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Spotlight Report

Bishop faults accepting money

By Walter V. Robinson, Globe Staff, 12/18/2002

 In-depth
A small gathering of Boston-area Catholics grew into Voice of the Faithful, a nationwide lay reform group.  
Coverage of Voice of the Faithful
Bishop Walter J. Edyvean, the vicar general of the Archdiocese of Boston, yesterday chastised Catholic Charities for accepting $56,035 from the lay group Voice of the Faithful without getting archdiocesan approval.

It was unclear from a statement issued by Edyvean whether the archdiocese will seek to have Catholic Charities, an agency of the archdiocese, return the money.

The 52-member board of the charity, which overwhelmingly supported last week's decision to accept the funds to help pay for food, clothing, and Christmas toys for needy families, has a meeting scheduled for today.

''The acceptance on the part of Catholic Charities of a sum of money raised by Voice of the Faithful was done without the agreement of the Archdiocese of Boston,'' Edyvean said. ''The earlier restriction which Cardinal Law had placed on receiving these monies had not been rescinded at the time of this action, nor has it been at this time.''

Edyvean said the archdiocese ''acknowledges the good faith'' of the individual donors, and ''very much wishes to continue the conversations it has been having with Voice of the Faithful concerning certain aspects of its stated purpose.'' The lay group, which was formed after the clergy sex abuse scandal began, is seeking a greater role for the laity in the church.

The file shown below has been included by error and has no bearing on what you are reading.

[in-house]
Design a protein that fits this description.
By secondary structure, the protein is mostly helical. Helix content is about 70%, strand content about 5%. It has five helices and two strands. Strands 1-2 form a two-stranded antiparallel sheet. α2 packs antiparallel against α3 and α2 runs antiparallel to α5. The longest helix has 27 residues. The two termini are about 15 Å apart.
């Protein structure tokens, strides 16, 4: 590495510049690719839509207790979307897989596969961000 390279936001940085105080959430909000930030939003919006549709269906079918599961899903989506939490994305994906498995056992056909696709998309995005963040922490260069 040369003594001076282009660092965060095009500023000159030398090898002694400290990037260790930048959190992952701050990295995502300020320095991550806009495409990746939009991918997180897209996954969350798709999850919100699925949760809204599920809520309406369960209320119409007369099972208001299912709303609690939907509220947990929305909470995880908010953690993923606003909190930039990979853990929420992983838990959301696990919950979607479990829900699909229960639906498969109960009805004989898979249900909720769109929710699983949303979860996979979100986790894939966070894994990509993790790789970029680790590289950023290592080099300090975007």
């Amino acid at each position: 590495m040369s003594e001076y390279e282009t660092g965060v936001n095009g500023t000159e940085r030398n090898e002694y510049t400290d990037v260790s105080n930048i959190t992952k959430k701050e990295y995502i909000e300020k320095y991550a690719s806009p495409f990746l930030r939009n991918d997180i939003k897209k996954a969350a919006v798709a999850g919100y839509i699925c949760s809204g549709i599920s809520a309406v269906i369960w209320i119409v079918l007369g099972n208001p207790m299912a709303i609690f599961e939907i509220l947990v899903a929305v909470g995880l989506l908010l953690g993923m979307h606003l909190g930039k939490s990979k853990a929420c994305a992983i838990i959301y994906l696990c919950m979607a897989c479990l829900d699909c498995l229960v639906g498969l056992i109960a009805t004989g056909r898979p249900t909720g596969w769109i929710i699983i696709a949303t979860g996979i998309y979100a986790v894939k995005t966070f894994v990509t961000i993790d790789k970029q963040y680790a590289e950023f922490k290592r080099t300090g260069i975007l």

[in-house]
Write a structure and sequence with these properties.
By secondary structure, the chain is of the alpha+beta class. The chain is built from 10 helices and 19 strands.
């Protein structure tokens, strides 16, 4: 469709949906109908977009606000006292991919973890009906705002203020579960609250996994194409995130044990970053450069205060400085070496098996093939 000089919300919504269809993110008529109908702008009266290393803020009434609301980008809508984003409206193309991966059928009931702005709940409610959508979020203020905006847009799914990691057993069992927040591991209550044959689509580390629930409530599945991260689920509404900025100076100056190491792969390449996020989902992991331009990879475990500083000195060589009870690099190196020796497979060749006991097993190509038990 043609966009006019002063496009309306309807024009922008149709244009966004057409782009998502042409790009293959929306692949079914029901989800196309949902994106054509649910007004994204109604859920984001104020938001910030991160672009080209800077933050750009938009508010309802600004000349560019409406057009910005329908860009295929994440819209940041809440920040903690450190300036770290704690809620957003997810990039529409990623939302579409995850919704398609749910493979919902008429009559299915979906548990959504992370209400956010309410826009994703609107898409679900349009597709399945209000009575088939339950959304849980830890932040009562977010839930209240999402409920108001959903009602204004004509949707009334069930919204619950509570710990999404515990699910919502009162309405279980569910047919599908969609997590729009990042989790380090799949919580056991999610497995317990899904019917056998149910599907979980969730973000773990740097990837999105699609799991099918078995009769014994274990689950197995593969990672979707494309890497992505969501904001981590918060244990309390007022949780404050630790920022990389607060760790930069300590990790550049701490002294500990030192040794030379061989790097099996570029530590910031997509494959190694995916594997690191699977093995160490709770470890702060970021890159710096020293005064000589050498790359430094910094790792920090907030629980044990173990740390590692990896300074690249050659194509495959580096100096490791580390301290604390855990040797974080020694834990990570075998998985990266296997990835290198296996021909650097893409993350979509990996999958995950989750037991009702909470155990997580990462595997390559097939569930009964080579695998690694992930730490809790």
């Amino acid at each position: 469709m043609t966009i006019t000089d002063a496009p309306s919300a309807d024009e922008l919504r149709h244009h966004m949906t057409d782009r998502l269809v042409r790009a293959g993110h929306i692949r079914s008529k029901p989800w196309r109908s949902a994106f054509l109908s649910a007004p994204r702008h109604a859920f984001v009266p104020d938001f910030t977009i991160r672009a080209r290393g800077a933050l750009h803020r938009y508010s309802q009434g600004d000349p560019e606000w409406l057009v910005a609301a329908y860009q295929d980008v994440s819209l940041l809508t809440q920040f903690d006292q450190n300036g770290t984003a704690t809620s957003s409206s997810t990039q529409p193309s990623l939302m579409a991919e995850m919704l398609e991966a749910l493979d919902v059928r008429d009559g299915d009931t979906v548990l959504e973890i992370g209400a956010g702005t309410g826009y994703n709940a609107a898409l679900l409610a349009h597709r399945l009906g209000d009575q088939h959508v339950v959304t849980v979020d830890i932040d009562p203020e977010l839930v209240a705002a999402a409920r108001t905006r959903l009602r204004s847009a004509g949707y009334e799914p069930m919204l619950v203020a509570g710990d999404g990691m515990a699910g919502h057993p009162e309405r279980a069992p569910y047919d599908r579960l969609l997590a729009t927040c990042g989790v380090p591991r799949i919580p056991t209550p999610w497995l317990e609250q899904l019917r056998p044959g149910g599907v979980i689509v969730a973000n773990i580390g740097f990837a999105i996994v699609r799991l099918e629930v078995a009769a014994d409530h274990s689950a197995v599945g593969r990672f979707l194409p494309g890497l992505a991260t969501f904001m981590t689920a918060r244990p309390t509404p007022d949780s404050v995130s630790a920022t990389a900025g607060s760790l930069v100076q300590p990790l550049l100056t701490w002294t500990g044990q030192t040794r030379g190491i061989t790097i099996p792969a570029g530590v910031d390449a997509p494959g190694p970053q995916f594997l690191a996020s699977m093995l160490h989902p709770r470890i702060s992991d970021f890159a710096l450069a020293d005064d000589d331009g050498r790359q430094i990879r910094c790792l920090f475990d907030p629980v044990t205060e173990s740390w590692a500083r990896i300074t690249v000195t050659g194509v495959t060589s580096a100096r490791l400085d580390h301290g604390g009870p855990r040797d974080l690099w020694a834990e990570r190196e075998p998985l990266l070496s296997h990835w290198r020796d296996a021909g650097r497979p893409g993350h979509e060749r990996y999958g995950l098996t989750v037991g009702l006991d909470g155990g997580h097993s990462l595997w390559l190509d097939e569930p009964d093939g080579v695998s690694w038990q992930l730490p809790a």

The friction between the church's social services arm and its archdiocesan superiors comes as the charity's board is seeking more independence to oversee Catholic Charities, which is one of the state's largest providers of social services.

The Globe reported yesterday that Catholic Charities Chairman Neal F. Finnegan and Vice Chairman Peter G. Meade decided last week to accept the money. The donation, raised from individual contributions, was offered to Catholic Charities, the church's social services agency, after Cardinal Bernard F. Law did not accept the funds by a deadline.

Neither Finnegan nor Meade could be reached for comment last night.

Edyvean's statement left some church officials wondering last night whether the archdiocese is on a collision course with a charity board whose members were appointed by the cardinal. The board members have expressed their determination to accept donations from Voice of the Faithful members, even if the archdiocese decides otherwise.

Regardless of whether Edyvean's statement is only an expression of displeasure, the issue will soon recur. Next month, Voice of the Faithful President James E. Post said, the organization is scheduled to offer another large donation to the archdiocese. If it is refused, it will be offered to Catholic Charities, he said.

Walter Robinson can be reached at wrobinson@globe.com

This story ran on page B5 of the Boston Globe on 12/18/2002.
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